About the Foxfield Railway

Built in 1893 to link the Foxfield Colliery in the village of Dilhorne to the North Staffordshire Railway at Blythe Bridge, 3 ½ miles away the railway takes a round-about route from the colliery due to the requirements to keep the railway as far away as possible from Dilhorne Hall. Starting off heading in the wrong direction and completing a 180 degree turn whilst climbing over 100 feet in just over 2/3 of a mile created the well known Foxfield Bank which, with gradients as steep as 1 in 19 is the steepest standard gauge adhesion incline in the country. The rest of the 3 mile journey meanders across rural Staffordshire countryside with sharp curves and steep gradients giving a challenging line to operate. The railway was built at weekends by North Staffordshire Railway workers supervised by Foreman Platelayer Noah Stanier.

When the colliery closed in 1965 the site was taken over by a mineral processing firm who wanted to retain the railway to transport the minerals by rail. At the same time the Foxfield Light Railway Society was formed to operate trains over the line at weekends with the agreement of the owning company. Commercial traffic never started but the Society obtained its first steam locomotive in 1967 and ran the first train on 14th May 1967 making it one of the earliest standard gauge preserved railways in the U.K. Since then it has gone from strength to strength and is now well established as a railway that the, often overlooked, industrial locomotive can be seen in a suitable environment.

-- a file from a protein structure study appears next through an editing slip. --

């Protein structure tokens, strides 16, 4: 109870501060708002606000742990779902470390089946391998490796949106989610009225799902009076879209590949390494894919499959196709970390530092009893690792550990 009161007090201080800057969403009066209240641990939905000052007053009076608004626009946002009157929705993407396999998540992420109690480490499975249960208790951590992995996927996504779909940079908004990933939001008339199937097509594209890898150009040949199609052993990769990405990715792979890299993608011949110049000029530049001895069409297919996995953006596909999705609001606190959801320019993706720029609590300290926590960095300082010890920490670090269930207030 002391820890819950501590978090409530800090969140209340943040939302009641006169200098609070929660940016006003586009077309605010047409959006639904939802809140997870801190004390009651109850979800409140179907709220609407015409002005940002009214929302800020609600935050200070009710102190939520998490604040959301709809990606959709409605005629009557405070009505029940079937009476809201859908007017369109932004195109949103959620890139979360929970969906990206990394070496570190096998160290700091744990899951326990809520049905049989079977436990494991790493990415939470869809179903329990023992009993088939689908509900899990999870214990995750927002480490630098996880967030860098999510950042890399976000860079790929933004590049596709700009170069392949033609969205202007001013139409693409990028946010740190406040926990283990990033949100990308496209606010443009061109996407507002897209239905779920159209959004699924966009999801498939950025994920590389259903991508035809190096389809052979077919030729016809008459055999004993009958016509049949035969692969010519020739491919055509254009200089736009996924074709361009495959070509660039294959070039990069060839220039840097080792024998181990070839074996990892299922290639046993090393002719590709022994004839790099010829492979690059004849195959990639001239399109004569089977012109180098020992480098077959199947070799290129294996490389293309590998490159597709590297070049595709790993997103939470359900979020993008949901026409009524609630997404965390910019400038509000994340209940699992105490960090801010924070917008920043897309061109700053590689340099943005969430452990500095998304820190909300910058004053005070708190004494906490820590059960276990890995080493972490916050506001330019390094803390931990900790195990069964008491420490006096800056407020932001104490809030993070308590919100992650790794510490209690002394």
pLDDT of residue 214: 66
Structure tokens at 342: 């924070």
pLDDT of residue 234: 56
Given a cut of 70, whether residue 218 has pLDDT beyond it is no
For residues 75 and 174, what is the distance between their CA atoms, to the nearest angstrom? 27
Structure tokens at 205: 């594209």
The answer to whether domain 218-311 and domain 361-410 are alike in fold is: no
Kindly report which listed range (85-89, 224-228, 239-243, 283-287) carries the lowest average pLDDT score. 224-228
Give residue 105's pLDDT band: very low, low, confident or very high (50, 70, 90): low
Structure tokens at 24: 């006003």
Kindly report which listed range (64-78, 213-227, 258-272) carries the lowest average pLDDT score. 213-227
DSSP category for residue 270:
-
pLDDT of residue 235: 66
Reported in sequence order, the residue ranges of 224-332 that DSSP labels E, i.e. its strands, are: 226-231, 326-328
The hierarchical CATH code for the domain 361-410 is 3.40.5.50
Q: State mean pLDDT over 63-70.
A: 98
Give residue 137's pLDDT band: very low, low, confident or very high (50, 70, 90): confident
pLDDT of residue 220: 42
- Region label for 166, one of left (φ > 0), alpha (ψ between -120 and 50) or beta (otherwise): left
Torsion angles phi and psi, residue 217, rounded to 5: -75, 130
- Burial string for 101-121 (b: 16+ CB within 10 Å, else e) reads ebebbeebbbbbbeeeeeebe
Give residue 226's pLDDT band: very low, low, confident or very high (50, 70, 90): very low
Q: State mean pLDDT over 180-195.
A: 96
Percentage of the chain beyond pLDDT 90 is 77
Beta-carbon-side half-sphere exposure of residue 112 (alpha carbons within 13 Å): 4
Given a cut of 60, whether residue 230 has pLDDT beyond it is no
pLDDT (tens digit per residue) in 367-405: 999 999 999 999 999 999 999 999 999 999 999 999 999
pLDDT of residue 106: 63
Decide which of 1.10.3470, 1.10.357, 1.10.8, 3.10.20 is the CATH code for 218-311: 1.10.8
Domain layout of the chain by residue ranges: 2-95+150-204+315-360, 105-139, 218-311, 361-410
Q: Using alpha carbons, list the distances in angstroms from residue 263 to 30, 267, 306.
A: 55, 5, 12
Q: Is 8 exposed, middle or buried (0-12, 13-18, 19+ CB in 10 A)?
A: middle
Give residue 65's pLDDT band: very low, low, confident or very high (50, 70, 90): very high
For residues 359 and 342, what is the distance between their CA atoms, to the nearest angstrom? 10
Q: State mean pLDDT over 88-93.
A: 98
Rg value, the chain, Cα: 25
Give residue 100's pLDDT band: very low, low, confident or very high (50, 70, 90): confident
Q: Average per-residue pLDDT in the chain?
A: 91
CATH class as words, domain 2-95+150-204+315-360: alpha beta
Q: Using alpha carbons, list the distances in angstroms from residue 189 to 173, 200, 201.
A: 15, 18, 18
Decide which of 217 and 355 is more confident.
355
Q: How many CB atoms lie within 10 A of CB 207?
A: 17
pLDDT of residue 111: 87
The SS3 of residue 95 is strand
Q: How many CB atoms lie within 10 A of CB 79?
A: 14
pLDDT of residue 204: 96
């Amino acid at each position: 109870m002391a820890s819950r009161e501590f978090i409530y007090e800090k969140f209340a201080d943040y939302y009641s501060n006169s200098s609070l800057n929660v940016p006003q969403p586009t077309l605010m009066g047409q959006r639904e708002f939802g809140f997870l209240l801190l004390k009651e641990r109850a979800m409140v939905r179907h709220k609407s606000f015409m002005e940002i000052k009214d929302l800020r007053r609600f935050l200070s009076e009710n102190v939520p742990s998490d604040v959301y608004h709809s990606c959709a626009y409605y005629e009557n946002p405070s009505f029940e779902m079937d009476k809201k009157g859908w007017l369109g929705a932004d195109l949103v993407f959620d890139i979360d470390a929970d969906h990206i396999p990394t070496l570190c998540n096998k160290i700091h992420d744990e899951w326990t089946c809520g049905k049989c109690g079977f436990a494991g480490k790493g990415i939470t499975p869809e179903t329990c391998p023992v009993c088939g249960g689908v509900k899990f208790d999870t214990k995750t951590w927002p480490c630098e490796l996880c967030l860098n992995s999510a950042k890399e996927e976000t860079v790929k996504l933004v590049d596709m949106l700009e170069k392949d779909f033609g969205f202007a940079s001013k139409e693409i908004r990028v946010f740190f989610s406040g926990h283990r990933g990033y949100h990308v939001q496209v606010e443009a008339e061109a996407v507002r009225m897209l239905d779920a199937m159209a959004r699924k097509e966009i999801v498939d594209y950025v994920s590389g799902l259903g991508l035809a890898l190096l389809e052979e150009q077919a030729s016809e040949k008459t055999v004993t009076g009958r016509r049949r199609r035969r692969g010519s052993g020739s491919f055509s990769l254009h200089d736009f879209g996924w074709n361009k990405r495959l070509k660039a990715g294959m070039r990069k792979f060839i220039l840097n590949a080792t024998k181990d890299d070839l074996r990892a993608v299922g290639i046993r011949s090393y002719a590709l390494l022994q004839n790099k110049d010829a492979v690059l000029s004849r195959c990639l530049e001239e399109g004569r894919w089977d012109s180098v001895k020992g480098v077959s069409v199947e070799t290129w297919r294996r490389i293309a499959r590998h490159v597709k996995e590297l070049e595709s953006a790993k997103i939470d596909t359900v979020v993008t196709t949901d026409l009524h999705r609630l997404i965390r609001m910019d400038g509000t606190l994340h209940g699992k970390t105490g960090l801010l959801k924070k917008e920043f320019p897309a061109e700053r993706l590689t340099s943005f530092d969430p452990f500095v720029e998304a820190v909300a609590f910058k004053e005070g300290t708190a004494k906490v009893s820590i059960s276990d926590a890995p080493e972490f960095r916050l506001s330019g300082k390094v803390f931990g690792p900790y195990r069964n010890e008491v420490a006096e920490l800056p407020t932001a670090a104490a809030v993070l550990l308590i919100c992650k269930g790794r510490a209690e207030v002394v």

The collection has grown over the years from an engine and a few wagons to over 30 locomotives, many of which are unique including the sole surviving North Staffordshire Railway steam locomotive ‘North Stafford No.2’ and the grand old lady ‘Bellerophon’ – star of the BBC’s ‘Cranford’ (well, if you ignore Dame Judy Dench). Alongside the locomotives the railway is also home to a wide selection of rolling stock ranging from a collection of the ubiquitous 16 ton mineral wagon used for demonstration coal trains, right through to the beautifully restored ‘North Staffordshire Railway’ coaches dating from the 1880s which operate once a month on special ‘Knotty Heritage’ days.

The Railway is entirely volunteer run and we are always looking for new recruits to help in operating, maintaining and developing the railway to ensure its survival for future generations to experience the thrill of steam working hard to earn its living.